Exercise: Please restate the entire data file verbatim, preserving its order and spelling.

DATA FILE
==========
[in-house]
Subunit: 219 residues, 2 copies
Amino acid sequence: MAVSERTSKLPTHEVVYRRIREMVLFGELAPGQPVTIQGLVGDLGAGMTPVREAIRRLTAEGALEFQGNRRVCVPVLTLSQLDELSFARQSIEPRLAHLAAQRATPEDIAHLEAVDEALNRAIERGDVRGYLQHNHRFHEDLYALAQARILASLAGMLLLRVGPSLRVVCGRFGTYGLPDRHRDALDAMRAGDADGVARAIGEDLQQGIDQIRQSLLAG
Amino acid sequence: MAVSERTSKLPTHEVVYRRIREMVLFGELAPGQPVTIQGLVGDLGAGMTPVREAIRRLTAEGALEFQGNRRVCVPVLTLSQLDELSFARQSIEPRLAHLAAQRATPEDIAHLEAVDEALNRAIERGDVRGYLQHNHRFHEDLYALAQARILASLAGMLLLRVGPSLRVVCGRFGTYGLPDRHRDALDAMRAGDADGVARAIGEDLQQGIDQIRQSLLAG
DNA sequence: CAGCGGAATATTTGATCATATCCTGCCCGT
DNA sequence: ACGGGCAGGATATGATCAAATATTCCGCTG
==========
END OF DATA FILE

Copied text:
[in-house]
Subunit: 219 residues, 2 copies
Amino acid sequence: MAVSERTSKLPTHEVVYRRIREMVLFGELAPGQPVTIQGLVGDLGAGMTPVREAIRRLTAEGALEFQGNRRVCVPVLTLSQLDELSFARQSIEPRLAHLAAQRATPEDIAHLEAVDEALNRAIERGDVRGYLQHNHRFHEDLYALAQARILASLAGMLLLRVGPSLRVVCGRFGTYGLPDRHRDALDAMRAGDADGVARAIGEDLQQGIDQIRQSLLAG
Amino acid sequence: MAVSERTSKLPTHEVVYRRIREMVLFGELAPGQPVTIQGLVGDLGAGMTPVREAIRRLTAEGALEFQGNRRVCVPVLTLSQLDELSFARQSIEPRLAHLAAQRATPEDIAHLEAVDEALNRAIERGDVRGYLQHNHRFHEDLYALAQARILASLAGMLLLRVGPSLRVVCGRFGTYGLPDRHRDALDAMRAGDADGVARAIGEDLQQGIDQIRQSLLAG
DNA sequence: CAGCGGAATATTTGATCATATCCTGCCCGT
DNA sequence: ACGGGCAGGATATGATCAAATATTCCGCTG